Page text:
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On "Dream Song 76"


William J. Martz

The complexity of the problem of responding to "The Dream Songs" as a whole poem inheres, finally, in the relationship between the conception of the character of Henry and the degree of success of the individual Dream Song. It will be instructive to select a fairly representative Dream Song from 77 Dream Songs for commentary, and then to put it next to a fairly representative autobiographical passage from His Toy, His Dream, His Rest. Here is Dream Song 76, "Henry's Confession":

[quotes poem]

For purposes of analysis we can disregard the fact that the character of Henry has been previously defined and ask how this poem handles the key problem of characterization. It opens with Negro dialect, the voice of Henry, who is speaking with Mr. Bones, a friend, a vaudeville stereotype, an alter ego, a mere name suggesting death. Both characters are comic, with the comedy springing from Henry's premise that he normally expects something very bad to happen to him every day. We are at once in the world of the vaudeville skit. It is a charming and disarming world, and in its way a fit place to discuss the nature of man. But at the end of the first stanza the voice of Henry—and the vaudeville skit—is dropped, and the poet's voice enters. The handkerchief sandwich motif at the end of the first stanza continues the vaudeville joke but some of the tone of the joke is abandoned. There is nothing particularly funny in the second stanza about the death of a father or a bullet on a stoop, especially if it is read as a reference to the suicide of Berryman's father. But at the end of the second stanza we return to the voice of Henry, though the poet is also speaking the line "You is from hunger, Mr Bones." In the first line of the third stanza we return to the voice of Henry in his conversation with Mr. Bones, but the voice that follows seems to be more that of the poet than that of Henry, and the vaudeville humor is but slightly sustained. But if the poem is to realize its subject, which I take to be man's mortality or his isolation in the universe, then the handkerchief and the sea must become unifying symbols, must take us into the subject. This they do not do in a complete way. A fuller situation for the handkerchief offering is needed, and the relationship between the popular song phrase "by the beautiful sea" and "a smothering southern sea" is not at all clear—metaphor is detached from its subject. Part of the problem is that the reference to "a smothering southern sea" (with bullet, stoop, island, and knee) is itself vague. The referent of lines 9-11 is too personal to the speaker to have universal meaning. The "smothering southern sea" happens to be the Gulf of Mexico, but knowledge of this fact does not improve the poem as a poem. And yet the poem as a whole does have singleness of effect. ". . . hum a little, Mr Bones" becomes Henry's sprightly understatement, right from a vaudeville skit, of self-persuasion and universal affirmation, not to mention the suggestion of darker agony as we hear the line as the poet's voice, or one could say a nonvaudevillian Henry. And the last line seems particularly effective as a summary of the human condition that the poem has been defining: "I saw nobody coming, so I went instead."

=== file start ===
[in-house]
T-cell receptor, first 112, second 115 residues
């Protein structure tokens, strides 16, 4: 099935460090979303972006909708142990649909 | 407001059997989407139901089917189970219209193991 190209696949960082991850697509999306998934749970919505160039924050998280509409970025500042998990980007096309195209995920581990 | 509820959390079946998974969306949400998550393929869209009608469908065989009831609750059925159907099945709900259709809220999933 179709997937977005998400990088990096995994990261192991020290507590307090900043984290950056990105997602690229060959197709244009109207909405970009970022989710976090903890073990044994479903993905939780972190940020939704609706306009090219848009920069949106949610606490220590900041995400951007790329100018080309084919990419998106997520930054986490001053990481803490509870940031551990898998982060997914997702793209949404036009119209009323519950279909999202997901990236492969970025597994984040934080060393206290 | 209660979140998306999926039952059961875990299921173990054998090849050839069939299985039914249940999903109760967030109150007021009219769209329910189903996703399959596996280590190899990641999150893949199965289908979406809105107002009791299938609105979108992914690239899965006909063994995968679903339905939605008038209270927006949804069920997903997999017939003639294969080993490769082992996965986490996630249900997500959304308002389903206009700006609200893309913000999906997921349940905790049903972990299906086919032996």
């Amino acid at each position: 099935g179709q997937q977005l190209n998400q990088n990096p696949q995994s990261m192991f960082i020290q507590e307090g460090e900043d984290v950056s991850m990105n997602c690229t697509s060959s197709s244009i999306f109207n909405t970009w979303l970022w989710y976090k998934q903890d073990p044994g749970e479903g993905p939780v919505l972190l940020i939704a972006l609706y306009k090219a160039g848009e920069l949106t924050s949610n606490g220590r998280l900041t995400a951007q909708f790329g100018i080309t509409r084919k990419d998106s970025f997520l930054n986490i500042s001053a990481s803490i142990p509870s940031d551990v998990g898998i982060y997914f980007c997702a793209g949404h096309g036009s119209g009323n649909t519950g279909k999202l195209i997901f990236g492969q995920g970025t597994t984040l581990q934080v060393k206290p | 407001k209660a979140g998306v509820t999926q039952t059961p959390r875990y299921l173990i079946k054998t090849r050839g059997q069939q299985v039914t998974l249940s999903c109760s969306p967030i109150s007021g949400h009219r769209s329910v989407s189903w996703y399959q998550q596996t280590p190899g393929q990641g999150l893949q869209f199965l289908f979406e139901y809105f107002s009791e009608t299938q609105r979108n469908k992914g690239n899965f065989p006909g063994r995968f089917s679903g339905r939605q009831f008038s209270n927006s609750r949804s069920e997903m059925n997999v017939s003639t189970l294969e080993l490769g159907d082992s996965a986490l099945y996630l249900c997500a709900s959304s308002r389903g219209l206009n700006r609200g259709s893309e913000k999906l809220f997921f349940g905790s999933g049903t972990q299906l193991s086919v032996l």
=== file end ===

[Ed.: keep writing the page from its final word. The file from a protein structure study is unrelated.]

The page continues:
from "John Berryman" in Seven American Poets from Macleish to Nemerov: An Introduction. Ed. Denis Donoghue. Minneapolis: U of Minnesota P, 1975. Copyright 1975 by U of Minnesota P.


Thomas Gardner

… "Song 76" is a quiet resolution of Henry’s despair about his father. If life comes to loss ("a handkerchief sandwich"), still Henry wants to taste it all. "You is from hunger, Mr. Bones," the interlocutor tells him. Now, he is able to manage that taste:

[Gardner quotes lines that begin "in a modesty of death" and end "by my knee."]

By "modesty" Henry means a smaller version of the death, a manageable joining with his father through art. (The play with ago-along-gone-one-agony in the word "agone" also seems to indicate distance.) Now, Henry is able to sing about death: "arm in arm, by the beautiful sea, / hum a little." If Henry’s father left him alone, then through these poems Henry will join him: "—I saw nobody coming, so I went instead."

from Thomas Gardner, "John Berryman’s Dream Songs," Chapter 1 in Discovering Ourselves in Whitman: The Contemporary American Long Poem (Urbana: U Illinois P, 1989), 45.


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